I attended an Appleseed in October of last year at Rocky Creek Ranch. My father decided to join me, so he flew into town for the weekend as well. I brought two ARs with me:
Smith and Wesson M&P15T with a 3-9x scope
Quentin Defense Lower/Spikes upper with an Eotech XPS-2
All ammo was XM193
My father brought a scoped Smith and Wesson M&P 15-22 and he used Federal Target bulk packs.
We started out on Saturday with nine instructors! They were having an instructor boot camp prior to the shoot, so each shooter received plenty of individual attention. I decided to use my scoped AR first since I have bad eyes to begin with, and the targets were ridiculously small.
The morning started with a free for all shoot. At 25 meters you have 13 rounds. Three rounds for a simulated 100y shot, three for a 200y, three for a 300y, three for a 400y, and then one for a 250y simulated shot. You can shoot from any position, and there is no time limit. I chose to shoot from prone since I had never done before and would be the most stable, and I used my magazine as a mono-pod. I surprised myself and I was the only shooter to put three rounds in the simulated 400y silhouette.
We then started the instruction. We learned about the USGI sling and its use, and progressed through various standing, seated, and prone positions. Both seated and prone gave me some trouble, as I never quite felt comfortable since I had never done them before. We ended the day with a number of their AQT tests, and unfortunately I didn’t score rifleman. I was getting frustrated with the sling too, and I would rather have not used it at all. We went back to the lodge to clean up, had a great meal (wild hog that was trapped on the ranch) and sat around the camp fire trading stories. It was a great day, and a great evening.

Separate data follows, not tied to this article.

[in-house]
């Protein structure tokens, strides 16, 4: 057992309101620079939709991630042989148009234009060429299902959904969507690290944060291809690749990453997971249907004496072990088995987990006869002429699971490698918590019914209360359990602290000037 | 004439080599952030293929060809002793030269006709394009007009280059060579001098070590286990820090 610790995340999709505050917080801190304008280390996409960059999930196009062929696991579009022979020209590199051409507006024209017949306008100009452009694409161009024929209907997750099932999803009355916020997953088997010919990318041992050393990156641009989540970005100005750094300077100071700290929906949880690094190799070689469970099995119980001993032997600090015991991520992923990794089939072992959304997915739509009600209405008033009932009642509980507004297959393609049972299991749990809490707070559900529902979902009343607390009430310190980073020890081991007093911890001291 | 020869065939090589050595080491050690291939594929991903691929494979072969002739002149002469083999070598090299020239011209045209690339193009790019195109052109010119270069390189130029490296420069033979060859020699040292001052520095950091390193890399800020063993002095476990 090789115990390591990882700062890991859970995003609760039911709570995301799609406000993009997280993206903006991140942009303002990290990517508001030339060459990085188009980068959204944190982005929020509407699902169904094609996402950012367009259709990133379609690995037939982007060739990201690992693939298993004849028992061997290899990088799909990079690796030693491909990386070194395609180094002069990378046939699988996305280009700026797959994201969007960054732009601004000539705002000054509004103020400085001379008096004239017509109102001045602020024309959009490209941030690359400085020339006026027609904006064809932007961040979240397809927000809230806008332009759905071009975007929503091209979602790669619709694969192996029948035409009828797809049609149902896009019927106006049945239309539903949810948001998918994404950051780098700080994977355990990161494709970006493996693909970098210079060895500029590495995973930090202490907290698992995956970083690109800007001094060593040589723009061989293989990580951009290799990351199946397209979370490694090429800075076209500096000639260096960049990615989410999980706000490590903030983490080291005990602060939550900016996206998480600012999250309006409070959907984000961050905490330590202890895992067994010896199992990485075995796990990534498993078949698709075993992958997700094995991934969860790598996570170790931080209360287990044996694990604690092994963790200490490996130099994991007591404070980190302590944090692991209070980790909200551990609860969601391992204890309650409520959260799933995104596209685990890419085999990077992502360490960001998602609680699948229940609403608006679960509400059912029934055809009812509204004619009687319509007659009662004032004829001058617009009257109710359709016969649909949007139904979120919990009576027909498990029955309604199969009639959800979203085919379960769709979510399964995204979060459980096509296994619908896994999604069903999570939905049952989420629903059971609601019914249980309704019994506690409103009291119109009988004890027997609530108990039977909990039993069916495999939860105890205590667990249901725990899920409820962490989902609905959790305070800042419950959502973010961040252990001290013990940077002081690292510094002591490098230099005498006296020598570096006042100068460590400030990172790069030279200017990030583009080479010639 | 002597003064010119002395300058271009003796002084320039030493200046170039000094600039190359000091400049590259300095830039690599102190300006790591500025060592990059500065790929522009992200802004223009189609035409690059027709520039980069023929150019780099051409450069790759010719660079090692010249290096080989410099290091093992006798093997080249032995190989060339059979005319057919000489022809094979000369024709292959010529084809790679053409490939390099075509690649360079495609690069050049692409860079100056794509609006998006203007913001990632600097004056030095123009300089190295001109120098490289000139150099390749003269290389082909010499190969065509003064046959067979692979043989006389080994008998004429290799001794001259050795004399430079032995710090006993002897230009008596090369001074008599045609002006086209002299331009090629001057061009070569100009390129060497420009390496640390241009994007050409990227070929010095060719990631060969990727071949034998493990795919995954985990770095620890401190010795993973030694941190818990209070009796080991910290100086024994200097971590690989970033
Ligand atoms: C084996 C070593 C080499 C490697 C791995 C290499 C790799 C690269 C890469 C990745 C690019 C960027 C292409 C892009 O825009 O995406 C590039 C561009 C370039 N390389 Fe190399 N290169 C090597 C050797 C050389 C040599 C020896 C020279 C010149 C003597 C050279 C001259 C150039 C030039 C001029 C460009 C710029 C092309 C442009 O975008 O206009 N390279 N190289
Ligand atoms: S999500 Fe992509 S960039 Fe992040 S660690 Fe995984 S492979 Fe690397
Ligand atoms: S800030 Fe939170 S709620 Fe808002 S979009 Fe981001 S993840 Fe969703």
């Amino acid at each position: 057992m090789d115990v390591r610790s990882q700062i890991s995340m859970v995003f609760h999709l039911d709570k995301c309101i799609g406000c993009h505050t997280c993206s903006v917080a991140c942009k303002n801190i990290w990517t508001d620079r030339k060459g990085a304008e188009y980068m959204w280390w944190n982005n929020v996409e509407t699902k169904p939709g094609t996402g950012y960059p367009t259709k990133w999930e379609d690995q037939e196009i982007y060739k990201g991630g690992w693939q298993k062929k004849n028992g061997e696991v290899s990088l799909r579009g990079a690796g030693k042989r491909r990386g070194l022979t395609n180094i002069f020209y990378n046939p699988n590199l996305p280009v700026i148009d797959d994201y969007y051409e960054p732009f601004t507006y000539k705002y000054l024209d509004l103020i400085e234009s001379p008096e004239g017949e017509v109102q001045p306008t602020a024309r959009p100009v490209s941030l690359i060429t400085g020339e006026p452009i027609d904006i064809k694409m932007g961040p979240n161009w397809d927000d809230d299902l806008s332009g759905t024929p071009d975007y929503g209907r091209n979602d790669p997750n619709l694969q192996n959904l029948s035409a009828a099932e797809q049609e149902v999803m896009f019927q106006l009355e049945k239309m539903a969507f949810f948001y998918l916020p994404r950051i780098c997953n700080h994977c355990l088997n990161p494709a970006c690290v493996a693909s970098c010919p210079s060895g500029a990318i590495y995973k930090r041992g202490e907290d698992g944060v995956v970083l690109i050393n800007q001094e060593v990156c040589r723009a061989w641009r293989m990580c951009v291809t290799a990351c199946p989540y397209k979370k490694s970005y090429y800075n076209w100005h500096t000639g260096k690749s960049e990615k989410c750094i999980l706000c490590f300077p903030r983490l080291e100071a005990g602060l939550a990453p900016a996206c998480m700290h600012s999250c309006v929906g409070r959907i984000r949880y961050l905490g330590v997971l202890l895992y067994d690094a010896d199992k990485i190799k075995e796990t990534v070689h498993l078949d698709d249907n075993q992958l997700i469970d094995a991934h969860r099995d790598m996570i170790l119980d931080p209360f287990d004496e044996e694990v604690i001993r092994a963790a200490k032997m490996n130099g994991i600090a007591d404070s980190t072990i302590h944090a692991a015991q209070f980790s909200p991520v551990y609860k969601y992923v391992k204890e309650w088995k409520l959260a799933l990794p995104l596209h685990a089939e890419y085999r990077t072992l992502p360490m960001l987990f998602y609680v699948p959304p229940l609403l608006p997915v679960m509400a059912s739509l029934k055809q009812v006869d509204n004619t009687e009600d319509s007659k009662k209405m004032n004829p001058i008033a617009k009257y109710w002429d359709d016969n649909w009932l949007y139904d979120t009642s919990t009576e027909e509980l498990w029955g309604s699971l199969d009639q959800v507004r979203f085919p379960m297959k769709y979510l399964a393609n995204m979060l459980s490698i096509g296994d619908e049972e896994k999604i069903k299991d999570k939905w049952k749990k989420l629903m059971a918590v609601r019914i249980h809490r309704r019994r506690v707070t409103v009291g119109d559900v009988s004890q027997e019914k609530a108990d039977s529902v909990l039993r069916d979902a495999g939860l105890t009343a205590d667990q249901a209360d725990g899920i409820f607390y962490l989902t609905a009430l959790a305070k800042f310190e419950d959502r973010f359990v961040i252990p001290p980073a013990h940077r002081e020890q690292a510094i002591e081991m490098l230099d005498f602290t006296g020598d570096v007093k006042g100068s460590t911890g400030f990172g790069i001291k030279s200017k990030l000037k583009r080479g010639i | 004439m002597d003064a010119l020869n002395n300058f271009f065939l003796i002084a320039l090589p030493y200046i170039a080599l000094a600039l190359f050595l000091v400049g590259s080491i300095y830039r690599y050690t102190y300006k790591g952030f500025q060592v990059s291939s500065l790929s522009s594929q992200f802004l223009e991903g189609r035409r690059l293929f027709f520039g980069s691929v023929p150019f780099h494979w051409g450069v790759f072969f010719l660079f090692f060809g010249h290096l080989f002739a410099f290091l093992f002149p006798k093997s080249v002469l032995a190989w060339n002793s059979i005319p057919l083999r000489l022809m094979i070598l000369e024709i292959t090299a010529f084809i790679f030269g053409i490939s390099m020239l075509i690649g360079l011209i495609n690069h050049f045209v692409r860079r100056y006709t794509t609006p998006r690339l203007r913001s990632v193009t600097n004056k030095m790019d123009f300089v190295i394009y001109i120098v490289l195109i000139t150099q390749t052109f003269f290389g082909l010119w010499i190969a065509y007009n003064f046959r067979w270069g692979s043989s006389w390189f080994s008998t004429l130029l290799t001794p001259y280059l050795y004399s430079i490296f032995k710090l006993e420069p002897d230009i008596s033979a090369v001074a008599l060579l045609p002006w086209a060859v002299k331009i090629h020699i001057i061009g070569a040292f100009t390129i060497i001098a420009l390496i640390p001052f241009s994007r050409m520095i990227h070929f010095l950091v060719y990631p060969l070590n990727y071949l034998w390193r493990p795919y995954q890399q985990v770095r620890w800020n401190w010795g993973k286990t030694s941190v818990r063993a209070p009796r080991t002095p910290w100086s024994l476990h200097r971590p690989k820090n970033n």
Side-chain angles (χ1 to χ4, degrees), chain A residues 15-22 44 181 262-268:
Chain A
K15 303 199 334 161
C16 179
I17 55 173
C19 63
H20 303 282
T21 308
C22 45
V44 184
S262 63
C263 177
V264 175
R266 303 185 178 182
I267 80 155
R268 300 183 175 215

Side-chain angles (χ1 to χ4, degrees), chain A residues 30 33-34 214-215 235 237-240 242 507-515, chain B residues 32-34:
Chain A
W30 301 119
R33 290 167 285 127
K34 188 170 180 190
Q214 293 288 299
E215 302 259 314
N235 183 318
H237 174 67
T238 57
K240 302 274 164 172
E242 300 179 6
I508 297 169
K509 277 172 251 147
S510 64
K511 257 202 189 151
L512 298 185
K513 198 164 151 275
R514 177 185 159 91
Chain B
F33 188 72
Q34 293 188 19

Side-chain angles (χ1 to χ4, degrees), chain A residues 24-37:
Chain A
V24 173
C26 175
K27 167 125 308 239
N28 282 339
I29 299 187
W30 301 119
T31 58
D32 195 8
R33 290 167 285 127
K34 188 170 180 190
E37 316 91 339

There we two children that attended the Saturday event, ages 10 and 12. They did well, and they were well disciplined. Because of the number of instructors present, each child was assigned an instructor. I would probably be a bit hesitant to a novice child shooter to an event like this if the number of instructors was limited. I’m sure all would go well, but even with the two that attended that had shot before there were issues of sweeping the line with the muzzle.
Sunday morning came and damn was I sore. I decided to change rifles, and I used the QD/Spikes with the Eotech. The instructors advised me against changing rifles, but I had both there and I wanted to run them both through the paces. We went back out to the range and spent another full day practicing all of the positions, and we eventually made our way out to the known distance range. Rocky Creek Ranch has four huge (ten people per lane) 1000y lanes, with known distances marked from 25y-1000. We set up at 100y, zeroed in, and started shooting at both targets and 1/2″ steel plates. The plates surprised me the most; as I was shocked at what a standard XM193 round would do to a steel plate at 100y.
What I gained or liked:
The fundamentals of marksmanship that I’ve read about, but had never been taught or practiced.
Using your Natural Point of Aim instead of trying to muscle the shot. This was probably the biggest “aha” moment of the weekend.
The ability to shoot from both prone and seated positions.
The realization that I’m a much better shot than I thought.
I can easily shoot at 100y with an unmagnified red dot.
What I didn’t like:
The use of the USGI sling. It never felt comfortable.
I found out later that the sling is not required, and that irritated me. I would have removed it after the first few AQTs.
I would have liked more time to work on the rifles during the downtime. We were not allowed to touch them at all unless we were in a “shooters prep” time. That time was meant to get you into position, not work on a rifle.
We would make a change to the sights, and we would not have the opportunity to verify the adjustment. We would go right to the next skill set.